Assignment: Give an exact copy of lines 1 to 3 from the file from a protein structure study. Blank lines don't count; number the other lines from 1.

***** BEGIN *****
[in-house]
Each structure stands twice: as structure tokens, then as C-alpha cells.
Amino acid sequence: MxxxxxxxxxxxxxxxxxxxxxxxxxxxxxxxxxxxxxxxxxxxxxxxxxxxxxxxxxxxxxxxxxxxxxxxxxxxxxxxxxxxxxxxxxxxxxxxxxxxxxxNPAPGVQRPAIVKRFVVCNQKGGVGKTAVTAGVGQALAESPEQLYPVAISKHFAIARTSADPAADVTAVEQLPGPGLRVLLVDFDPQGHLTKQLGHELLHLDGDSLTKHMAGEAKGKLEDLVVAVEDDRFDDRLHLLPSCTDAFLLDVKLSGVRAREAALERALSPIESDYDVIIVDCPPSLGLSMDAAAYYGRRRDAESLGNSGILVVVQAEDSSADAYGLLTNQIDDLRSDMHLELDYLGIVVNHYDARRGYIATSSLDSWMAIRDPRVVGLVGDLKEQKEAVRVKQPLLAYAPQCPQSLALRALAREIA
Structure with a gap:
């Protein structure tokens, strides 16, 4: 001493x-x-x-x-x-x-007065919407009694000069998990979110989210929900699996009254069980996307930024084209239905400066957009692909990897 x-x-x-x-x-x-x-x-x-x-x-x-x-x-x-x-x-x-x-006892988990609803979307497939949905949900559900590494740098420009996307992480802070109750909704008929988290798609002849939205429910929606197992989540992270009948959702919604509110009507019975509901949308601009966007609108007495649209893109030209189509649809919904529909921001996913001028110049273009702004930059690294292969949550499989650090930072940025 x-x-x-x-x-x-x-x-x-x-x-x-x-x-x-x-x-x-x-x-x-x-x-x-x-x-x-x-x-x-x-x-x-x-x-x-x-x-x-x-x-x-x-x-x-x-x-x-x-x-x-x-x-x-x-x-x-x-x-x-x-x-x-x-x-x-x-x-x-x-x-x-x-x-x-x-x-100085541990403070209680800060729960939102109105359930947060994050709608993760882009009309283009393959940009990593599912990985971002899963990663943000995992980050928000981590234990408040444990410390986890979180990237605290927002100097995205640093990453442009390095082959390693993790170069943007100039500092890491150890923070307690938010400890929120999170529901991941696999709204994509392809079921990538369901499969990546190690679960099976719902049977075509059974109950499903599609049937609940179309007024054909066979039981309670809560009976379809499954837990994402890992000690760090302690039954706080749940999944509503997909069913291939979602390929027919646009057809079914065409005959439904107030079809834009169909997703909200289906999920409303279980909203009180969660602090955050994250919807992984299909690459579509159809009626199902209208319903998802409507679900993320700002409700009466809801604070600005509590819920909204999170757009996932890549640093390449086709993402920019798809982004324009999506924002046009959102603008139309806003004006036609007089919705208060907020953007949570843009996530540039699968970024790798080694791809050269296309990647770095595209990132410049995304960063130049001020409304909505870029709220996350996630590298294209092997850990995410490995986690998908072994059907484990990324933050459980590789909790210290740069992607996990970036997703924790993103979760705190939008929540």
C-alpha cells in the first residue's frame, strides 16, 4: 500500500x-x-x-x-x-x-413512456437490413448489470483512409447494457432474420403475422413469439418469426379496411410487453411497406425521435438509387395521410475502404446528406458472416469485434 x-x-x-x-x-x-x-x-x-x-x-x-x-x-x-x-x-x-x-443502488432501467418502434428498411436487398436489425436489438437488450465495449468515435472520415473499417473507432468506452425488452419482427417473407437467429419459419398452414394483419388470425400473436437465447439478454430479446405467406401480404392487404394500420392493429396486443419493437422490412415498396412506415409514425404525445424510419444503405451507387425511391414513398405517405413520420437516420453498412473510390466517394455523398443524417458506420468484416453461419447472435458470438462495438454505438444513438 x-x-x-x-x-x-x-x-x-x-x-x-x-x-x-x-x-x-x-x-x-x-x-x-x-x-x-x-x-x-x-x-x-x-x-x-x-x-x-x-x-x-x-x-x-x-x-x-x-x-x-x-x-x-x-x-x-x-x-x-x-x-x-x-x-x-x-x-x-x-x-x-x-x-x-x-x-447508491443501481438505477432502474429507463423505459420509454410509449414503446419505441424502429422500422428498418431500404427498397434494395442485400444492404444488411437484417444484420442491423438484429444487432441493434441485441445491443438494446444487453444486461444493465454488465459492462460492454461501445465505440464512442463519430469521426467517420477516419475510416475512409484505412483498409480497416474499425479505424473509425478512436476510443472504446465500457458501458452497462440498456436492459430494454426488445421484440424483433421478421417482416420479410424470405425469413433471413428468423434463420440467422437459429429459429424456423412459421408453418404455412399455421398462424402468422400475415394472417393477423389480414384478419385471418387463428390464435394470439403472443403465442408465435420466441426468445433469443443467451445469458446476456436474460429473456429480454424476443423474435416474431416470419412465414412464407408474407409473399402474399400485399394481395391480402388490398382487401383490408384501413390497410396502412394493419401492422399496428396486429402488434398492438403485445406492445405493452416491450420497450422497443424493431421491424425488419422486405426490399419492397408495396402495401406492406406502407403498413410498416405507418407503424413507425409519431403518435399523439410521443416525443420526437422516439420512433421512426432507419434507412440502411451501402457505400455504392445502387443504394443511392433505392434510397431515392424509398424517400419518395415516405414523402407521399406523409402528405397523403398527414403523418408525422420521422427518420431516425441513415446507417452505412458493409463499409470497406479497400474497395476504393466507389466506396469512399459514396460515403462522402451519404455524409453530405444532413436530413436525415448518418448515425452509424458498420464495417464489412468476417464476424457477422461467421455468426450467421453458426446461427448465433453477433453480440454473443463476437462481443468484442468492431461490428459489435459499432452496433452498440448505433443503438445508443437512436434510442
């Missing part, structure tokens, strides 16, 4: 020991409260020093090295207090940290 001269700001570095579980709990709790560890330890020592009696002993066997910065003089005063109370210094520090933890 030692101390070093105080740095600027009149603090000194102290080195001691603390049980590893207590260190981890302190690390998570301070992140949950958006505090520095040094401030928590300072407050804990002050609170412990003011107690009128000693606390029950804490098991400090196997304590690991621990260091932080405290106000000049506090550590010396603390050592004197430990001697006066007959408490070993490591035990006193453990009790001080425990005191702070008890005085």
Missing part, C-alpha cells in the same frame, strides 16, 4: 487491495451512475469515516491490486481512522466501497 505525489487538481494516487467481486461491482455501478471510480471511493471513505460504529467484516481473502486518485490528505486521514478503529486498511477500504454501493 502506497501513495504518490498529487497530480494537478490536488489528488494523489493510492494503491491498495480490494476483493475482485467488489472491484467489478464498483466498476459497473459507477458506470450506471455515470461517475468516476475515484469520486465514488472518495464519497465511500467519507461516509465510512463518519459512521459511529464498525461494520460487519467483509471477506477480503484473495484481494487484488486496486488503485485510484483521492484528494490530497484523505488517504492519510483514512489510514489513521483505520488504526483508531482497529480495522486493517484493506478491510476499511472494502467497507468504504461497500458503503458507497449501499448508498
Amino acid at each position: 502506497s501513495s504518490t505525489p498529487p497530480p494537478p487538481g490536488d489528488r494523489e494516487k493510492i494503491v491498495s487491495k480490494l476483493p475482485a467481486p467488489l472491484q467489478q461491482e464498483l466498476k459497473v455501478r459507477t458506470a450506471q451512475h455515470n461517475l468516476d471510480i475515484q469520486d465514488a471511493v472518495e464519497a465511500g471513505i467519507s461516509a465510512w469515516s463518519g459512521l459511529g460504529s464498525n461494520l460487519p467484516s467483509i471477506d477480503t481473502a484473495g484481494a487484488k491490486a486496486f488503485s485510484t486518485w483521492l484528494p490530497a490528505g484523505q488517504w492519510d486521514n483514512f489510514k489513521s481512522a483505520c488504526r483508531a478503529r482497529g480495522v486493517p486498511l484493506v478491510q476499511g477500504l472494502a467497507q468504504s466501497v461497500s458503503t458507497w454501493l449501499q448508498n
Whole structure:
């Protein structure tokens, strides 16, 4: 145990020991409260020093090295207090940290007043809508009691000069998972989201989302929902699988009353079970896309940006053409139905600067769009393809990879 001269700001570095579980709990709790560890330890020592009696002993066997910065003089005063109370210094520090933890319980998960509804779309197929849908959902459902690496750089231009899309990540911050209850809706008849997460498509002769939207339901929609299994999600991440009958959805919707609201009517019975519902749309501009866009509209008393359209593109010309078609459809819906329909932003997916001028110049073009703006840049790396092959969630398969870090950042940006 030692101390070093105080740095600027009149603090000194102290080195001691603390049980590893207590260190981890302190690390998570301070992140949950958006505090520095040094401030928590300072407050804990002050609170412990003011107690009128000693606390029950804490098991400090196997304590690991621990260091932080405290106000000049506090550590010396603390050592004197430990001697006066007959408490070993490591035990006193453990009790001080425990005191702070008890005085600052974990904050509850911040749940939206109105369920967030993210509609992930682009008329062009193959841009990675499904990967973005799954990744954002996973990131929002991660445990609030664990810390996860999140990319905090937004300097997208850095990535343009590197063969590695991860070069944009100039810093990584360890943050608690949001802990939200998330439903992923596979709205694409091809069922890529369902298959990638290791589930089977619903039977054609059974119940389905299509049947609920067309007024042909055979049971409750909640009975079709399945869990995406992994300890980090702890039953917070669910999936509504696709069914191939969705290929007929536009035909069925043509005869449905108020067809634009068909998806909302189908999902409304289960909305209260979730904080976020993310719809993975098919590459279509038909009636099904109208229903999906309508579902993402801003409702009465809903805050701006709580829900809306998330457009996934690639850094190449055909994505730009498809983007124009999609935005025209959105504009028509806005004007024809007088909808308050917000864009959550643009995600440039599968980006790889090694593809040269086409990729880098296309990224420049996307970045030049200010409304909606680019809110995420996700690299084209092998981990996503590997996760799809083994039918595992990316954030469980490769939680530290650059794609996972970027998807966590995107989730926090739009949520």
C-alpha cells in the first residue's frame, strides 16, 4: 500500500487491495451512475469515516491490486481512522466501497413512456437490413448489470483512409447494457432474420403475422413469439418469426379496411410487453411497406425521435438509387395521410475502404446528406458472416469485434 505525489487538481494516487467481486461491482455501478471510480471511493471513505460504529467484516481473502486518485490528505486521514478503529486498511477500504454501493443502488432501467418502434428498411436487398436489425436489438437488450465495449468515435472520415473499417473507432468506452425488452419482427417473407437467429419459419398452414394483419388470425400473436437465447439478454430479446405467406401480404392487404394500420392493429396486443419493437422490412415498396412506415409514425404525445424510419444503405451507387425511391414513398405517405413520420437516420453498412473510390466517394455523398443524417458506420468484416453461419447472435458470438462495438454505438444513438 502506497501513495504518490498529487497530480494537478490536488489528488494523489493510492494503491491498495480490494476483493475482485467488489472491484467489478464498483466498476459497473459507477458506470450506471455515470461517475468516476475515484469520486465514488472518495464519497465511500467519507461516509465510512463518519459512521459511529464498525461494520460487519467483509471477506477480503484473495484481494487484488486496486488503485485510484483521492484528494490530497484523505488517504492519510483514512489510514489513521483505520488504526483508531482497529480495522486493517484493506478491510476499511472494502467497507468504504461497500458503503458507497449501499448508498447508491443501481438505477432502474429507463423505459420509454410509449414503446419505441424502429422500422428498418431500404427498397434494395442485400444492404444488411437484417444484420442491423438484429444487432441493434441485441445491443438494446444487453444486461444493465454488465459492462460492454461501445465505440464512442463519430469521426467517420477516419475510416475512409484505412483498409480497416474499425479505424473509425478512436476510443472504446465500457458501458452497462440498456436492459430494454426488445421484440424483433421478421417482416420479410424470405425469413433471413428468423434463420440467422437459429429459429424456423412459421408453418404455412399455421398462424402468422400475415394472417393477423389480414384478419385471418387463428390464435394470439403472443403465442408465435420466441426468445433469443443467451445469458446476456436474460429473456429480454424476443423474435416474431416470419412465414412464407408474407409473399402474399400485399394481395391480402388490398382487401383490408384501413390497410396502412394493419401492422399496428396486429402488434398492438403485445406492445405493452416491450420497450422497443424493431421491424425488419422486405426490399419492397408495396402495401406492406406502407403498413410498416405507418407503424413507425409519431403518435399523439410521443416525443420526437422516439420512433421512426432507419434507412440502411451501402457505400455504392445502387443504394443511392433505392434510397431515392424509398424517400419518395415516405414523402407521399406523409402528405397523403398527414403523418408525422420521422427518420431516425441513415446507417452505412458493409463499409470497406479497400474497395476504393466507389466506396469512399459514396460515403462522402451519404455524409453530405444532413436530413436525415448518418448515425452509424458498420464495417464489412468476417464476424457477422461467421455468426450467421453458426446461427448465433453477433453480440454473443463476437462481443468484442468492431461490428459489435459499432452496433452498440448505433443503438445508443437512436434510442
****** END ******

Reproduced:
[in-house]
Each structure stands twice: as structure tokens, then as C-alpha cells.
Amino acid sequence: MxxxxxxxxxxxxxxxxxxxxxxxxxxxxxxxxxxxxxxxxxxxxxxxxxxxxxxxxxxxxxxxxxxxxxxxxxxxxxxxxxxxxxxxxxxxxxxxxxxxxxxNPAPGVQRPAIVKRFVVCNQKGGVGKTAVTAGVGQALAESPEQLYPVAISKHFAIARTSADPAADVTAVEQLPGPGLRVLLVDFDPQGHLTKQLGHELLHLDGDSLTKHMAGEAKGKLEDLVVAVEDDRFDDRLHLLPSCTDAFLLDVKLSGVRAREAALERALSPIESDYDVIIVDCPPSLGLSMDAAAYYGRRRDAESLGNSGILVVVQAEDSSADAYGLLTNQIDDLRSDMHLELDYLGIVVNHYDARRGYIATSSLDSWMAIRDPRVVGLVGDLKEQKEAVRVKQPLLAYAPQCPQSLALRALAREIA